by Patricia N. Saffran
Heather Kitching breeds stunning large spotted Thoroughbreds, at her Angrove Stud, Great Ayton, Yorkshire, UK. She began her breeding program in 2006, after a careful study of horse genetics. She says, “Sabino 1 (SB1) white patterning did not enter into our breeding program and SB1 is not a color variant for Thoroughbreds.”
Ms. Kitching explains, “I did not introduce Quarter Horses into our breeding program. We used horses who were tobiano [white on the legs and large clean white spots on the body] but that carried a high percentage of Thoroughbred. They were eventers carrying Irish blood. Our horses are over 92% Thoroughbred now, and the next generation will take them to 95.6% Thoroughbred. Although Sabino 1 does not appear in the Thoroughbred, there are many variants of the W gene [white patterning] in the Thoroughbred that I know of, at least two.”
Ms Kitching relies upon Homozygous Tobiano, or TT, horses for her program. She clarifies, “I started the breeding program using the Tobiano gene, known as the King of the color genes, as it’s stable, and the results are very predictable, and 10 years ago, testable. This is when our breeding program began, with the birth of our Homozygous Tobiano stallion, Spottedick, named after the British pudding [dessert]. This birth enabled us to guarantee the next generation to all carry the Tobiano gene. I chose Tobiano as it can be used in very unknowledgeable color genetic people in the Thoroughbred sector safely, which for me is paramount.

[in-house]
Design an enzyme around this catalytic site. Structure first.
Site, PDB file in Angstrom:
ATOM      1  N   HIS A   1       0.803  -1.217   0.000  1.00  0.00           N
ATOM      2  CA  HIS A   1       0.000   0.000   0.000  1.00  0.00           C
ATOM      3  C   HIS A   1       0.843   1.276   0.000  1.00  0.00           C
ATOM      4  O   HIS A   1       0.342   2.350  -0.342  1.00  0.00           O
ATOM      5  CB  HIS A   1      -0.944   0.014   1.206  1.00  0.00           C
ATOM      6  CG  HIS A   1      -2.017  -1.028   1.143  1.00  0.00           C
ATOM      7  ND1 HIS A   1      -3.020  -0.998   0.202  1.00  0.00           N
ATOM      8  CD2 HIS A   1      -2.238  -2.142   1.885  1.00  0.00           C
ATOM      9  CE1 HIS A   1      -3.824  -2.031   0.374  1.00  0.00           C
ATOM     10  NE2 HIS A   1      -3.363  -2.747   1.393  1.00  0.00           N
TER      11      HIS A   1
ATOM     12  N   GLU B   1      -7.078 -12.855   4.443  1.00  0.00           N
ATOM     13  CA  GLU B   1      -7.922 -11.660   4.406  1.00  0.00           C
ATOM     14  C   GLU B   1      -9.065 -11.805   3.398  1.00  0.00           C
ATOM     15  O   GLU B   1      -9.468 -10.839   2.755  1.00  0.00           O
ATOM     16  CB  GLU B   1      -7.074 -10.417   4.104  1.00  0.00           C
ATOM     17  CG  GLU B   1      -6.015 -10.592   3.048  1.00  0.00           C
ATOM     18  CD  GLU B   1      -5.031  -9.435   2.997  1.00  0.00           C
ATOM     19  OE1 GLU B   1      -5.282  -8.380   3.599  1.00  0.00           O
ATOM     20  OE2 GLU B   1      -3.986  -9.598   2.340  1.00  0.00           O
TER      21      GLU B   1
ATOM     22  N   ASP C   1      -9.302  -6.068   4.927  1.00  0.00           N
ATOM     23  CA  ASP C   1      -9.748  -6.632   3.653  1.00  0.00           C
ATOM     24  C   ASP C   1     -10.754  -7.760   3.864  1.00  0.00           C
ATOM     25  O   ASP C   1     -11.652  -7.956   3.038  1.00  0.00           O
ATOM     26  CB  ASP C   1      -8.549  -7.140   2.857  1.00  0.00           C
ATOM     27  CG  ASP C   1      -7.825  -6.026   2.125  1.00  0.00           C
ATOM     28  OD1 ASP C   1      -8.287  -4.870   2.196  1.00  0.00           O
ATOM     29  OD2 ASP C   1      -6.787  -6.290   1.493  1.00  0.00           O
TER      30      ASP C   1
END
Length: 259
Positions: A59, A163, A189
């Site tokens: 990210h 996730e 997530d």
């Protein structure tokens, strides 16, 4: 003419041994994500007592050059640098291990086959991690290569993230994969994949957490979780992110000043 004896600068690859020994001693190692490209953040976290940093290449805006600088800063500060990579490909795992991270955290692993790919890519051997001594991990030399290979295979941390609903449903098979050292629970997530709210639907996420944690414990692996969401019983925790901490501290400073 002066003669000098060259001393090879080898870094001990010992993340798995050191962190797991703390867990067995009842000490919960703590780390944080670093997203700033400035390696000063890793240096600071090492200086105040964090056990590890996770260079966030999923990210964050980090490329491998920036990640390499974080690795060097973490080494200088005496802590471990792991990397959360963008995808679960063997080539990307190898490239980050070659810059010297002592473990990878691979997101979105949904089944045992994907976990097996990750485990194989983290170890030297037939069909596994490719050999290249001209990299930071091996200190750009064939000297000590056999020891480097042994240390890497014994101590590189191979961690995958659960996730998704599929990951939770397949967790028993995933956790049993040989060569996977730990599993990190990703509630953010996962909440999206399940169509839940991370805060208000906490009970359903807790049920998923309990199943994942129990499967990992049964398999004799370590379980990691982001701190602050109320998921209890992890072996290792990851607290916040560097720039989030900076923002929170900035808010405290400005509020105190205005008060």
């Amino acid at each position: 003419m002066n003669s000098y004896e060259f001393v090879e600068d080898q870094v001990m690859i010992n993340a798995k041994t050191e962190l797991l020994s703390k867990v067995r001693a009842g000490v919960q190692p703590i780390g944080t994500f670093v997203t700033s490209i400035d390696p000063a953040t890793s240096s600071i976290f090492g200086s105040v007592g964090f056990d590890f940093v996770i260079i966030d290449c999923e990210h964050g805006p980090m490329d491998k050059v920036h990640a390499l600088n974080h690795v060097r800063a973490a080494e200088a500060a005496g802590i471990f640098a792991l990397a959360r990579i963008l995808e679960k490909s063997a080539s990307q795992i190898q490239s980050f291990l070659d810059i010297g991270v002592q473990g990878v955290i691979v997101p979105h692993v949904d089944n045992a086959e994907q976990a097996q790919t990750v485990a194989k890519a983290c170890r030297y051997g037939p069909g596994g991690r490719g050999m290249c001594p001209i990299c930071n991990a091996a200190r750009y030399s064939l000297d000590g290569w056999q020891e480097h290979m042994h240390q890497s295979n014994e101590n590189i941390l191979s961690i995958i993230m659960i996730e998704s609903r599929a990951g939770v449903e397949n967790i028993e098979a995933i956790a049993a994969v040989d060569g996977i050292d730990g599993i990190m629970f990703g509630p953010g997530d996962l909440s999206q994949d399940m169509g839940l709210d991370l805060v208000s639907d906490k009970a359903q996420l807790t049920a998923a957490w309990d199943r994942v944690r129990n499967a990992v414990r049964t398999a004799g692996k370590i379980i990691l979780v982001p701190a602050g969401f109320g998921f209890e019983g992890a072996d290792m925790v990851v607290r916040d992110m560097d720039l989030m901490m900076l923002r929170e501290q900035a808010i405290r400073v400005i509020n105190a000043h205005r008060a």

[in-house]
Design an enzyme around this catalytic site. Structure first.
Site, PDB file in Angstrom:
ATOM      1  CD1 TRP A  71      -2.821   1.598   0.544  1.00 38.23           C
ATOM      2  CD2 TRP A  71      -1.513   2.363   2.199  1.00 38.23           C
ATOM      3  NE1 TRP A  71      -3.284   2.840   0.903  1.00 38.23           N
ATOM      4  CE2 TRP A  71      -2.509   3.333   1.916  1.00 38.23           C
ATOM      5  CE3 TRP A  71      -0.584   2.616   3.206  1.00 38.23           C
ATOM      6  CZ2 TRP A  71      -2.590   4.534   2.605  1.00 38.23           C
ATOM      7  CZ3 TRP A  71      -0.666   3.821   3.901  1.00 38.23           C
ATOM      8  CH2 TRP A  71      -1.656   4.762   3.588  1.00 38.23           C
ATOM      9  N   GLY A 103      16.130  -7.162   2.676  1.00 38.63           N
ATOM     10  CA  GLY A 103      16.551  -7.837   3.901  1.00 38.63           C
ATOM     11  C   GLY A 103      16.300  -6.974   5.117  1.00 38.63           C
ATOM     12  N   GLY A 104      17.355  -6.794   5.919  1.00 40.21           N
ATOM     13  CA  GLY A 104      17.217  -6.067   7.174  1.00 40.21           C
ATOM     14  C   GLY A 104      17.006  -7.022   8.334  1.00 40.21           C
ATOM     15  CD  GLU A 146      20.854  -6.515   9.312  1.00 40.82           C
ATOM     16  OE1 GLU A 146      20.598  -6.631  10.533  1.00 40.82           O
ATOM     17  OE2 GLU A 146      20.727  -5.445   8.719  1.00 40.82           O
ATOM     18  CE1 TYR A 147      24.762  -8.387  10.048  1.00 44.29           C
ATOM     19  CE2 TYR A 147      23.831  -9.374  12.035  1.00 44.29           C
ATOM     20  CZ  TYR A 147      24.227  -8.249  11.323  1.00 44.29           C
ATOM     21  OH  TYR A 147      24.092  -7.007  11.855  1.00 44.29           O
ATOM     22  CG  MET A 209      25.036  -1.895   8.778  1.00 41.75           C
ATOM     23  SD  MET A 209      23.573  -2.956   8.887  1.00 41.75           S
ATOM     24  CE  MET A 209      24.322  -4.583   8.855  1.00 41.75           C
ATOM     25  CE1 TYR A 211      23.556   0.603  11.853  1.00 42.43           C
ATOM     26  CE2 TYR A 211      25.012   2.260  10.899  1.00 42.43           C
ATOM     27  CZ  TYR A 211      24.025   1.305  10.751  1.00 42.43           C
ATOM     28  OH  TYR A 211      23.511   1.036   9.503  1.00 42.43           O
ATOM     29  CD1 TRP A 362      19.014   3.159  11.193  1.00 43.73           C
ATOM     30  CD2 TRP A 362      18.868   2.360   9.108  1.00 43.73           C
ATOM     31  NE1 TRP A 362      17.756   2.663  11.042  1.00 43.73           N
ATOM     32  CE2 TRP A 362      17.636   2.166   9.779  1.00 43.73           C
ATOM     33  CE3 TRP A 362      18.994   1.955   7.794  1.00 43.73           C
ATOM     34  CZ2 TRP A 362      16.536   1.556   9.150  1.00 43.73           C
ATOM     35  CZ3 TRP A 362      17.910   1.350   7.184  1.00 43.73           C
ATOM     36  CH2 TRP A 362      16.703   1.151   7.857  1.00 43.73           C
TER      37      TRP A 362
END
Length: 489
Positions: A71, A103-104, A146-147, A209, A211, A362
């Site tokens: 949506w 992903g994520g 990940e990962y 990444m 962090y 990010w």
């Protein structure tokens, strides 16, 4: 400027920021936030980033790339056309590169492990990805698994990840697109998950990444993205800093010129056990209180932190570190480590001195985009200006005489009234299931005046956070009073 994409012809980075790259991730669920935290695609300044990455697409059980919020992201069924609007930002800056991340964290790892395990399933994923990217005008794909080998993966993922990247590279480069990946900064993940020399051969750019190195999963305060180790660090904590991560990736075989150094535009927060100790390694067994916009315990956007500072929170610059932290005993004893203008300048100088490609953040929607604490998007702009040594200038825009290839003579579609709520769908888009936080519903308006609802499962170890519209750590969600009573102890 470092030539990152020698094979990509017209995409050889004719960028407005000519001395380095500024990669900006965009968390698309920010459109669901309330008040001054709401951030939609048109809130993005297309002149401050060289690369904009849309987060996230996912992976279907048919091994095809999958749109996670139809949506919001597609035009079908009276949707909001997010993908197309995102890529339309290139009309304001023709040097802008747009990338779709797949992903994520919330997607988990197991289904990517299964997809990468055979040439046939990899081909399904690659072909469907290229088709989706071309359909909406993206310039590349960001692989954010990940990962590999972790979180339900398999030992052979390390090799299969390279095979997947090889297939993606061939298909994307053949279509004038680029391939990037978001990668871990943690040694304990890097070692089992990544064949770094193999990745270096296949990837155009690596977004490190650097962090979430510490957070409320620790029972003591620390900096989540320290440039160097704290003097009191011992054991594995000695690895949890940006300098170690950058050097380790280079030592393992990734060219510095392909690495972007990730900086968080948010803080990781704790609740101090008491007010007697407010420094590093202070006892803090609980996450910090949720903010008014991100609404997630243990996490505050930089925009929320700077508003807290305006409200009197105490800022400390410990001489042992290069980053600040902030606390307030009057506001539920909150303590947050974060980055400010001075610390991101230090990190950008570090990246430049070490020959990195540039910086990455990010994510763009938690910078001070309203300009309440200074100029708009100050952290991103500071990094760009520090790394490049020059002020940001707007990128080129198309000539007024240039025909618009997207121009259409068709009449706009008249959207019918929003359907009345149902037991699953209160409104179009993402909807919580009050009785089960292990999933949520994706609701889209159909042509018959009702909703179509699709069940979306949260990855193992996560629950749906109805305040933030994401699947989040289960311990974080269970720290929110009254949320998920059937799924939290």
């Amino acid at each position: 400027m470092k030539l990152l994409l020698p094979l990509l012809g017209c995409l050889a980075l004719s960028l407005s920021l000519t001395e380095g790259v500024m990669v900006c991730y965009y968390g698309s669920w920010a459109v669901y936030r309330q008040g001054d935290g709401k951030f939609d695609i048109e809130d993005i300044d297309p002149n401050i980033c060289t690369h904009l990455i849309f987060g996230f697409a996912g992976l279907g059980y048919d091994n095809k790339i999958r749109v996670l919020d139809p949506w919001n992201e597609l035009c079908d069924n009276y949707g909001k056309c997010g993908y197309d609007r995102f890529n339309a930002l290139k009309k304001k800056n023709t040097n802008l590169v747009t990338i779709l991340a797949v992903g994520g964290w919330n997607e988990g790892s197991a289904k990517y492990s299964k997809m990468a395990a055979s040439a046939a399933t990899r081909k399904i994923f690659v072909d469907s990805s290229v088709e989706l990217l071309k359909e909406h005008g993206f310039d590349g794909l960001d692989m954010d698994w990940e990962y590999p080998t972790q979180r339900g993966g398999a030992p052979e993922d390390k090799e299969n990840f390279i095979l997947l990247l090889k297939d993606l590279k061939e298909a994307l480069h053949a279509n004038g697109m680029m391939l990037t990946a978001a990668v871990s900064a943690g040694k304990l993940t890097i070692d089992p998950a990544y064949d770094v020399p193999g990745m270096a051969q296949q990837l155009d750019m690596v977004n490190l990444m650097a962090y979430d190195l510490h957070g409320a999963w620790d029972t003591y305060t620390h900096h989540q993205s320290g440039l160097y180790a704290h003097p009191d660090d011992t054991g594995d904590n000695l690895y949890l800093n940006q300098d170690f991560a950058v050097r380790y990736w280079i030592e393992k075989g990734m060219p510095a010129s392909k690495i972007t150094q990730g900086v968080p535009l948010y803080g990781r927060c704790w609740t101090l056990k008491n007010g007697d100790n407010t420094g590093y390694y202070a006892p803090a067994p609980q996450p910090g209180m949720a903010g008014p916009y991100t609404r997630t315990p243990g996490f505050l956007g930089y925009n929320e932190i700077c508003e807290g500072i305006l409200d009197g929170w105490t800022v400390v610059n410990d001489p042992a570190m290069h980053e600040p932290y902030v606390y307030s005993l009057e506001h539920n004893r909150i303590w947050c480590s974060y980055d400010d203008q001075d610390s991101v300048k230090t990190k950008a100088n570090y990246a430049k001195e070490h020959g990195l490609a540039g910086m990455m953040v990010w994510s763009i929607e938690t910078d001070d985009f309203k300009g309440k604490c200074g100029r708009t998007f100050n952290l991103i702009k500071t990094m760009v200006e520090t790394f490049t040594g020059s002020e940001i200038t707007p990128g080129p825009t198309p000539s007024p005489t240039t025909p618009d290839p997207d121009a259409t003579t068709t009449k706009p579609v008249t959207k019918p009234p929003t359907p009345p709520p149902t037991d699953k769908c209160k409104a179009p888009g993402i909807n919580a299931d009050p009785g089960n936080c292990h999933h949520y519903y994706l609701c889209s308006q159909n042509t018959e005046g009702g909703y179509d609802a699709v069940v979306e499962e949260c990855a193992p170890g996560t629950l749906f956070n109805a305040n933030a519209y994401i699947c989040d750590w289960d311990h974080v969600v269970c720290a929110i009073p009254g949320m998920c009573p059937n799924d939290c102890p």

“I began the breeding program using a stallion who was a Thoroughbred. He was by a Weatherbys registered stallion. [Weatherbys are the publishers in the UK of The General Stud Book, the first one appearing in 1791.] This enabled him to be registered in the UK Weatherbys Non Thoroughbred stud book. That meant all his progeny out of Thoroughbred mares could also be registered, and therefore be eligible to race in any race on the flat National Hunt or Point-to-Point in the UK.” The achievements for Angrove Stud are on the rise.